There's only one model on offer but you do have a choice of transmission. While the eight-speed DCT is certainly the quickest way to make progress down the road, we're still suckers for a manual gearbox, and that's the one we'd have. The fact that this choice saves you $1,500 is just a bonus, and we'd spend that money on some proper track tires so that you can fully exploit the abilities of this hot hatch. In terms of color choices, we'd go with red or black so that the red accents that are equipped as standard don't give off too much of an overt vibe. Beyond that, there's really not much you can change, so just enjoy the car and smile smugly at GTI buyers who spent too much on a slower car.
We're now between Honda Civic Type Rs, as the previous-generation Type R has been discontinued and we're waiting for the new version. You'll still find the old one second-hand though. The Honda is also powered by a 2.0-liter turbocharged four-banger, but this one is far more powerful, with outputs of 306 hp and 295 lb-ft of torque. Like the Veloster N, power goes to the front axle only, and you also get fake engine noises in the cabin along with a questionable level of quality in terms of trims and materials used therein. However, you clearly have more power, and there's a better, notchier feel to this six-speed manual. The Civic Type R is faster in a straight line and around corners, and comes with a more luxurious assortment of features that includes dual-zone automatic climate control, a 12-speaker sound system, and Brembo brakes. You also get a lot more space, but the trade-off is that this space comes in a hideous package. Like the old one, the new one is also going to be far more expensive than the Veloster N. At least it seems likely it will retain the current mechanical package, manual transmission and all, only updated and refined. It's definitely the more capable, more spacious, and more focused machine, but two things count against it - the new one isn't here yet and it will be a lot more expensive than the Hyundai when it arrives at close to $40,000.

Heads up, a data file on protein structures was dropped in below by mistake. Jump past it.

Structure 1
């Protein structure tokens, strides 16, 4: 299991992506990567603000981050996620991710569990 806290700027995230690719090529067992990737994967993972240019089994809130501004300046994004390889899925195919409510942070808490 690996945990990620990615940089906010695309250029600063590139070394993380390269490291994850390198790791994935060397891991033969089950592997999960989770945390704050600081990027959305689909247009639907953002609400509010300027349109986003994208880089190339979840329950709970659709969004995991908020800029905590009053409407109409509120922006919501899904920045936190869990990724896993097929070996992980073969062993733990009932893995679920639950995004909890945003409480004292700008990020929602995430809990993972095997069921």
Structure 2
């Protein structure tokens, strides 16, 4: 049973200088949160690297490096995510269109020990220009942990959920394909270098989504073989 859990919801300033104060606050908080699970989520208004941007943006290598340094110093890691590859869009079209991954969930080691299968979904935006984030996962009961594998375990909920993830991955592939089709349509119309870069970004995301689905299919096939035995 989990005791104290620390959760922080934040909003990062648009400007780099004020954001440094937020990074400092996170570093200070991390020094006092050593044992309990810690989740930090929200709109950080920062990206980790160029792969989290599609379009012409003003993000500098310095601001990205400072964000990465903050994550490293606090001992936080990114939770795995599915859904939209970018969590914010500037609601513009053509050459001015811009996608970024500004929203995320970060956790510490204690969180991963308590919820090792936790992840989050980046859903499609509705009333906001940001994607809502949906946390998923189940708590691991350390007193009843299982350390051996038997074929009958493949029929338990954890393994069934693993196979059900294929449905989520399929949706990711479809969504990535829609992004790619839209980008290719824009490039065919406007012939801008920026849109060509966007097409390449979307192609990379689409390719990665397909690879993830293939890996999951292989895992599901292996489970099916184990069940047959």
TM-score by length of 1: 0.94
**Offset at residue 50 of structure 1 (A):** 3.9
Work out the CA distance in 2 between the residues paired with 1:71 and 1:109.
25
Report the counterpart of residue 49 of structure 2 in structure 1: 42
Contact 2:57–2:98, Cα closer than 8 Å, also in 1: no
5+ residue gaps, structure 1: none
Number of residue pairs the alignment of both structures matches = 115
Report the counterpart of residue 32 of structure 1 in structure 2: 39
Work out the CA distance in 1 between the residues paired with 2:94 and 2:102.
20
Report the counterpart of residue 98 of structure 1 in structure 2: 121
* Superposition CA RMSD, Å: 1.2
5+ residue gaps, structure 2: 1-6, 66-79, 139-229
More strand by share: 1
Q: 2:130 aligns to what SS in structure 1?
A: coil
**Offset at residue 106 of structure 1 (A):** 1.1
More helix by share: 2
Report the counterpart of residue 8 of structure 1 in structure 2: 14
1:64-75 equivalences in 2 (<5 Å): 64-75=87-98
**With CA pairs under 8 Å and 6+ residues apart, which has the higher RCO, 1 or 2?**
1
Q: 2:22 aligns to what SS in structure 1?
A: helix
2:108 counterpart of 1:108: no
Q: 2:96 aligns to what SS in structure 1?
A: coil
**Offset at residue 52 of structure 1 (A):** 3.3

There's lots to love about the new 2022 Volkswagen Golf 8 GTI and lots to get excited about. A 2.0-liter turbo-four once again powers the front wheels via either a six-speed manual or a seven-speed DCT, but it falls short in terms of output when compared to the Hyundai. Volkswagen's engine only develops 241 hp and 273 lb-ft of torque. While this may seem a little disappointing, it's worth remembering that the GTI has always been about accessible fun, and too much power takes that away. Furthermore, while the Veloster N is a car meant more for the boy racer, the Golf GTI was always destined to be an all-rounder. It's comfortable, spacious, relatively affordable, and built to an impeccable standard. Thus, the Veloster N is our hot hatch of choice if you want to go fast and be a hooligan all the time. But the Golf GTI is still the car to have if you want to ferry your family in comfort while still having the ability to give them whiplash around corners. And for those who love technology, the 2022 GTI has more electronic controls than some Apollo missions. It starts at $29,545 before dipping into its expensive options list.